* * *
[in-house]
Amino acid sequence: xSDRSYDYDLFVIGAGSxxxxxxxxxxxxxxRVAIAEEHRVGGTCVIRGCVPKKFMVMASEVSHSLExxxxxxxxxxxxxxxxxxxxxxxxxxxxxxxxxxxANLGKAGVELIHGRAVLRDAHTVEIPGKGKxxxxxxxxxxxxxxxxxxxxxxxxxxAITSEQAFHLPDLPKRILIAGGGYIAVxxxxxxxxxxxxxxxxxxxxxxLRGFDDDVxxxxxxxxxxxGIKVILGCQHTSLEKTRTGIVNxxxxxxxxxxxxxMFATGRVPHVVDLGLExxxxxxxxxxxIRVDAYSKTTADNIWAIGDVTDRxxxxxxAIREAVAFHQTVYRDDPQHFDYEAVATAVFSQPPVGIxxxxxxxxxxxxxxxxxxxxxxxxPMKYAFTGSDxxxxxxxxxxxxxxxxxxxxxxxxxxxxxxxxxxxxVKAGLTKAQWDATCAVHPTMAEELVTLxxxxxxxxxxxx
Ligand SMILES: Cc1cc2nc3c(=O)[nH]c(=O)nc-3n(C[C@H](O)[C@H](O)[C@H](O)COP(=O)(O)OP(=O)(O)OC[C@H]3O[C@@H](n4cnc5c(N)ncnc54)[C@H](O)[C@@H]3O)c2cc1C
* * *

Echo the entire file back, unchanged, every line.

[in-house]
Amino acid sequence: xSDRSYDYDLFVIGAGSxxxxxxxxxxxxxxRVAIAEEHRVGGTCVIRGCVPKKFMVMASEVSHSLExxxxxxxxxxxxxxxxxxxxxxxxxxxxxxxxxxxANLGKAGVELIHGRAVLRDAHTVEIPGKGKxxxxxxxxxxxxxxxxxxxxxxxxxxAITSEQAFHLPDLPKRILIAGGGYIAVxxxxxxxxxxxxxxxxxxxxxxLRGFDDDVxxxxxxxxxxxGIKVILGCQHTSLEKTRTGIVNxxxxxxxxxxxxxMFATGRVPHVVDLGLExxxxxxxxxxxIRVDAYSKTTADNIWAIGDVTDRxxxxxxAIREAVAFHQTVYRDDPQHFDYEAVATAVFSQPPVGIxxxxxxxxxxxxxxxxxxxxxxxxPMKYAFTGSDxxxxxxxxxxxxxxxxxxxxxxxxxxxxxxxxxxxxVKAGLTKAQWDATCAVHPTMAEELVTLxxxxxxxxxxxx
Ligand SMILES: Cc1cc2nc3c(=O)[nH]c(=O)nc-3n(C[C@H](O)[C@H](O)[C@H](O)COP(=O)(O)OP(=O)(O)OC[C@H]3O[C@@H](n4cnc5c(N)ncnc54)[C@H](O)[C@@H]3O)c2cc1C